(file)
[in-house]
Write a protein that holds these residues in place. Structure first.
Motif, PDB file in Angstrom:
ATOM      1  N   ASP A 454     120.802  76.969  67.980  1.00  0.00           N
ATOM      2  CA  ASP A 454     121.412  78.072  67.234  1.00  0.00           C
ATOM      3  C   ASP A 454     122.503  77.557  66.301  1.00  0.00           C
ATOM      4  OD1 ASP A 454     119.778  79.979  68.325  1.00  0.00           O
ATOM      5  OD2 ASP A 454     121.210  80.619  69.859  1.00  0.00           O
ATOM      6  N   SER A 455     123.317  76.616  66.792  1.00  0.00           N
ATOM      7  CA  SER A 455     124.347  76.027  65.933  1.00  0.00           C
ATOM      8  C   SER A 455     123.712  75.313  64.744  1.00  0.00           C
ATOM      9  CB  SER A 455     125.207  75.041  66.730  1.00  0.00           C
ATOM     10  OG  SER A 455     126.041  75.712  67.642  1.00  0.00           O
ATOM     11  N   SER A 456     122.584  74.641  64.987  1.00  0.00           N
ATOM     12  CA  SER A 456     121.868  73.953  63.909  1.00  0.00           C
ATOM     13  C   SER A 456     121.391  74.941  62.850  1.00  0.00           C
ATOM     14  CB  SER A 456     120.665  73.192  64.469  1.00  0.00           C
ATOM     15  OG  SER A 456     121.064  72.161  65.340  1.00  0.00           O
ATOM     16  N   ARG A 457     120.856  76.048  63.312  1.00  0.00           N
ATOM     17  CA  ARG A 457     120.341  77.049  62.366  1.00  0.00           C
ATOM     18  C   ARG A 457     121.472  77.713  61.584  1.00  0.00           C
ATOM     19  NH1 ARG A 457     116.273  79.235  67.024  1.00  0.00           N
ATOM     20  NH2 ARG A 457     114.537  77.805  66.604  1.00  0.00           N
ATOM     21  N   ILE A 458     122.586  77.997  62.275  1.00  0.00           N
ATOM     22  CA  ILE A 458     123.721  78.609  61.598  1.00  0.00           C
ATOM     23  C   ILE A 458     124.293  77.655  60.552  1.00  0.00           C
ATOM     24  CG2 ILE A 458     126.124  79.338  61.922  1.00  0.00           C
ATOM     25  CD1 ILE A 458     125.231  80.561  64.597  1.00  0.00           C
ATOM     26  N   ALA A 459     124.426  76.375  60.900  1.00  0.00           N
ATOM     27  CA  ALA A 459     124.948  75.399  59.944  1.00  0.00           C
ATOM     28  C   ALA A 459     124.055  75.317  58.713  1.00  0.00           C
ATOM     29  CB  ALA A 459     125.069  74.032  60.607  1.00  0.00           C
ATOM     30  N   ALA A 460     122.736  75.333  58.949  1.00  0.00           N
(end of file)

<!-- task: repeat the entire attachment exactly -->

[in-house]
Write a protein that holds these residues in place. Structure first.
Motif, PDB file in Angstrom:
ATOM      1  N   ASP A 454     120.802  76.969  67.980  1.00  0.00           N
ATOM      2  CA  ASP A 454     121.412  78.072  67.234  1.00  0.00           C
ATOM      3  C   ASP A 454     122.503  77.557  66.301  1.00  0.00           C
ATOM      4  OD1 ASP A 454     119.778  79.979  68.325  1.00  0.00           O
ATOM      5  OD2 ASP A 454     121.210  80.619  69.859  1.00  0.00           O
ATOM      6  N   SER A 455     123.317  76.616  66.792  1.00  0.00           N
ATOM      7  CA  SER A 455     124.347  76.027  65.933  1.00  0.00           C
ATOM      8  C   SER A 455     123.712  75.313  64.744  1.00  0.00           C
ATOM      9  CB  SER A 455     125.207  75.041  66.730  1.00  0.00           C
ATOM     10  OG  SER A 455     126.041  75.712  67.642  1.00  0.00           O
ATOM     11  N   SER A 456     122.584  74.641  64.987  1.00  0.00           N
ATOM     12  CA  SER A 456     121.868  73.953  63.909  1.00  0.00           C
ATOM     13  C   SER A 456     121.391  74.941  62.850  1.00  0.00           C
ATOM     14  CB  SER A 456     120.665  73.192  64.469  1.00  0.00           C
ATOM     15  OG  SER A 456     121.064  72.161  65.340  1.00  0.00           O
ATOM     16  N   ARG A 457     120.856  76.048  63.312  1.00  0.00           N
ATOM     17  CA  ARG A 457     120.341  77.049  62.366  1.00  0.00           C
ATOM     18  C   ARG A 457     121.472  77.713  61.584  1.00  0.00           C
ATOM     19  NH1 ARG A 457     116.273  79.235  67.024  1.00  0.00           N
ATOM     20  NH2 ARG A 457     114.537  77.805  66.604  1.00  0.00           N
ATOM     21  N   ILE A 458     122.586  77.997  62.275  1.00  0.00           N
ATOM     22  CA  ILE A 458     123.721  78.609  61.598  1.00  0.00           C
ATOM     23  C   ILE A 458     124.293  77.655  60.552  1.00  0.00           C
ATOM     24  CG2 ILE A 458     126.124  79.338  61.922  1.00  0.00           C
ATOM     25  CD1 ILE A 458     125.231  80.561  64.597  1.00  0.00           C
ATOM     26  N   ALA A 459     124.426  76.375  60.900  1.00  0.00           N
ATOM     27  CA  ALA A 459     124.948  75.399  59.944  1.00  0.00           C
ATOM     28  C   ALA A 459     124.055  75.317  58.713  1.00  0.00           C
ATOM     29  CB  ALA A 459     125.069  74.032  60.607  1.00  0.00           C
ATOM     30  N   ALA A 460     122.736  75.333  58.949  1.00  0.00           N